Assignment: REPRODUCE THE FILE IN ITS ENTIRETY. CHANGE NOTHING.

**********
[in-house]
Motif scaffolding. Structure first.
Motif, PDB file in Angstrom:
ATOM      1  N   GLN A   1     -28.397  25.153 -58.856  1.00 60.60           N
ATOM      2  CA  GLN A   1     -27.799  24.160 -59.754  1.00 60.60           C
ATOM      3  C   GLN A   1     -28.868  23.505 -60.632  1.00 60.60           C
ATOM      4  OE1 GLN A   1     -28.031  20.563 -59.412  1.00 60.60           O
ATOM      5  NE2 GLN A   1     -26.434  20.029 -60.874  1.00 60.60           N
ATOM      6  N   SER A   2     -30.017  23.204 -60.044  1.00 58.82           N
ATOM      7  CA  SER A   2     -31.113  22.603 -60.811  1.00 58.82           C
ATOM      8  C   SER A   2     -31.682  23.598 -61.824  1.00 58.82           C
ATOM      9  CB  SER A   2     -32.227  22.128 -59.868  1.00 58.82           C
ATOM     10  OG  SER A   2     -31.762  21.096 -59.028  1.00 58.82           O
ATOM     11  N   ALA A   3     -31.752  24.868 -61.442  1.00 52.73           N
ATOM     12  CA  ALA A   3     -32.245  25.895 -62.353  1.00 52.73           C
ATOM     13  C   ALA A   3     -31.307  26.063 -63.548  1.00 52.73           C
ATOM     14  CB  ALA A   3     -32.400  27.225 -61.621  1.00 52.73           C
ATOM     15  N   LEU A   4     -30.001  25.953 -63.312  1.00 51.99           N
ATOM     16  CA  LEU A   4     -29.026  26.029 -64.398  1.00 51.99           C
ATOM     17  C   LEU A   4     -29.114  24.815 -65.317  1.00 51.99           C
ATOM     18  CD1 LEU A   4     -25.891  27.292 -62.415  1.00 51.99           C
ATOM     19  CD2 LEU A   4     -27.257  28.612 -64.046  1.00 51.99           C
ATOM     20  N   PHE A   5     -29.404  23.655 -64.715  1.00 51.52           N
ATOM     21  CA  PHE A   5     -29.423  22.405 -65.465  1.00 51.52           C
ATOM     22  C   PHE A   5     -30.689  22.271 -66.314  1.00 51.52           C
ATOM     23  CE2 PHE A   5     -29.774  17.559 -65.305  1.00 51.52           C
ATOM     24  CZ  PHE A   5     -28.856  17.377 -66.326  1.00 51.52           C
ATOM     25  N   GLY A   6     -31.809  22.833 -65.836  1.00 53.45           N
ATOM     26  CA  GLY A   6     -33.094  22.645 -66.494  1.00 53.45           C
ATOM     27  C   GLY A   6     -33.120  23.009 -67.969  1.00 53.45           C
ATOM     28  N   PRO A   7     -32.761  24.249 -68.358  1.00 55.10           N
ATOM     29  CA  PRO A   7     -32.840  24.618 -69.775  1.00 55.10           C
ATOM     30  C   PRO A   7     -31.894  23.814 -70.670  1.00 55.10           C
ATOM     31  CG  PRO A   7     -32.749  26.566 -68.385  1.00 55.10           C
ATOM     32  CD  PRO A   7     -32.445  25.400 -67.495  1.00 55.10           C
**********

[in-house]
Motif scaffolding. Structure first.
Motif, PDB file in Angstrom:
ATOM      1  N   GLN A   1     -28.397  25.153 -58.856  1.00 60.60           N
ATOM      2  CA  GLN A   1     -27.799  24.160 -59.754  1.00 60.60           C
ATOM      3  C   GLN A   1     -28.868  23.505 -60.632  1.00 60.60           C
ATOM      4  OE1 GLN A   1     -28.031  20.563 -59.412  1.00 60.60           O
ATOM      5  NE2 GLN A   1     -26.434  20.029 -60.874  1.00 60.60           N
ATOM      6  N   SER A   2     -30.017  23.204 -60.044  1.00 58.82           N
ATOM      7  CA  SER A   2     -31.113  22.603 -60.811  1.00 58.82           C
ATOM      8  C   SER A   2     -31.682  23.598 -61.824  1.00 58.82           C
ATOM      9  CB  SER A   2     -32.227  22.128 -59.868  1.00 58.82           C
ATOM     10  OG  SER A   2     -31.762  21.096 -59.028  1.00 58.82           O
ATOM     11  N   ALA A   3     -31.752  24.868 -61.442  1.00 52.73           N
ATOM     12  CA  ALA A   3     -32.245  25.895 -62.353  1.00 52.73           C
ATOM     13  C   ALA A   3     -31.307  26.063 -63.548  1.00 52.73           C
ATOM     14  CB  ALA A   3     -32.400  27.225 -61.621  1.00 52.73           C
ATOM     15  N   LEU A   4     -30.001  25.953 -63.312  1.00 51.99           N
ATOM     16  CA  LEU A   4     -29.026  26.029 -64.398  1.00 51.99           C
ATOM     17  C   LEU A   4     -29.114  24.815 -65.317  1.00 51.99           C
ATOM     18  CD1 LEU A   4     -25.891  27.292 -62.415  1.00 51.99           C
ATOM     19  CD2 LEU A   4     -27.257  28.612 -64.046  1.00 51.99           C
ATOM     20  N   PHE A   5     -29.404  23.655 -64.715  1.00 51.52           N
ATOM     21  CA  PHE A   5     -29.423  22.405 -65.465  1.00 51.52           C
ATOM     22  C   PHE A   5     -30.689  22.271 -66.314  1.00 51.52           C
ATOM     23  CE2 PHE A   5     -29.774  17.559 -65.305  1.00 51.52           C
ATOM     24  CZ  PHE A   5     -28.856  17.377 -66.326  1.00 51.52           C
ATOM     25  N   GLY A   6     -31.809  22.833 -65.836  1.00 53.45           N
ATOM     26  CA  GLY A   6     -33.094  22.645 -66.494  1.00 53.45           C
ATOM     27  C   GLY A   6     -33.120  23.009 -67.969  1.00 53.45           C
ATOM     28  N   PRO A   7     -32.761  24.249 -68.358  1.00 55.10           N
ATOM     29  CA  PRO A   7     -32.840  24.618 -69.775  1.00 55.10           C
ATOM     30  C   PRO A   7     -31.894  23.814 -70.670  1.00 55.10           C
ATOM     31  CG  PRO A   7     -32.749  26.566 -68.385  1.00 55.10           C
ATOM     32  CD  PRO A   7     -32.445  25.400 -67.495  1.00 55.10           C